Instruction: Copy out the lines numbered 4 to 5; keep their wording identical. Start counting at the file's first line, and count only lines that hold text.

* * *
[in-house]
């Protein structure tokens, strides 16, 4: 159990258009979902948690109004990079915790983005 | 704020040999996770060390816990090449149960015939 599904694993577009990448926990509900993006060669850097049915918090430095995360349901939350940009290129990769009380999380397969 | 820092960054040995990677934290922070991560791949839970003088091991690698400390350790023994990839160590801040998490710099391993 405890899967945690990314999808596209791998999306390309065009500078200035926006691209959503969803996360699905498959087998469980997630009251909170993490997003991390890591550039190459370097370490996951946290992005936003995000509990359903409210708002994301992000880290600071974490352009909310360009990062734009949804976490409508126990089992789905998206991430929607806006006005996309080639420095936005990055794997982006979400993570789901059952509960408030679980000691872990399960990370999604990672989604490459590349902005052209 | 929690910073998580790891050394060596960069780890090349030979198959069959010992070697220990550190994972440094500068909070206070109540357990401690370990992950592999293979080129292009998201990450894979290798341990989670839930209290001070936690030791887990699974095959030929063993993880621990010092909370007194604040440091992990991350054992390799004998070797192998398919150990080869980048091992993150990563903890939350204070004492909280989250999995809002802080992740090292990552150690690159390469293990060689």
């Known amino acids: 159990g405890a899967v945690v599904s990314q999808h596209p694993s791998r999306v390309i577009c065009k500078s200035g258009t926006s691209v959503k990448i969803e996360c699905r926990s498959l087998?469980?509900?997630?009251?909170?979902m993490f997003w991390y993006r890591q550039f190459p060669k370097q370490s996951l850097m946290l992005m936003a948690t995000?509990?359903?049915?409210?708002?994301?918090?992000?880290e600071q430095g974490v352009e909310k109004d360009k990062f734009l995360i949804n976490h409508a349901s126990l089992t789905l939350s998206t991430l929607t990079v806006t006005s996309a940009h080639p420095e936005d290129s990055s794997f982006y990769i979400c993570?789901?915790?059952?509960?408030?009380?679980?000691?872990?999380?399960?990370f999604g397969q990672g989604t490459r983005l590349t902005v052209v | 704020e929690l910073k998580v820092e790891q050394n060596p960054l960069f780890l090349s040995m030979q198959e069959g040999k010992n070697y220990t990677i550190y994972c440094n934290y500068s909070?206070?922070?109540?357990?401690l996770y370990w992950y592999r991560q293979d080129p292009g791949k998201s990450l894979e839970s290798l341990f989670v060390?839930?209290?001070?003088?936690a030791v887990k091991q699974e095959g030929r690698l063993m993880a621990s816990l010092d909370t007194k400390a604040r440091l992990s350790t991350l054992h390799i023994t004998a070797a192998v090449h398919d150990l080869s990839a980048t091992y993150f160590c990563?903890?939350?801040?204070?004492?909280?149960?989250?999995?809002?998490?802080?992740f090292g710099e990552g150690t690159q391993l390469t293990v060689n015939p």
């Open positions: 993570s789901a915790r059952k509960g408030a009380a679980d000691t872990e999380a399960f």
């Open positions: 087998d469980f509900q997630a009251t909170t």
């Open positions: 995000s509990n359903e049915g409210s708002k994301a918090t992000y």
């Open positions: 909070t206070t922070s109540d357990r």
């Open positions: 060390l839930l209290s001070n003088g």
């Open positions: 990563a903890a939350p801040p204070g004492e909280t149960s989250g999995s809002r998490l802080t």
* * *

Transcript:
């Open positions: 993570s789901a915790r059952k509960g408030a009380a679980d000691t872990e999380a399960f």
């Open positions: 087998d469980f509900q997630a009251t909170t």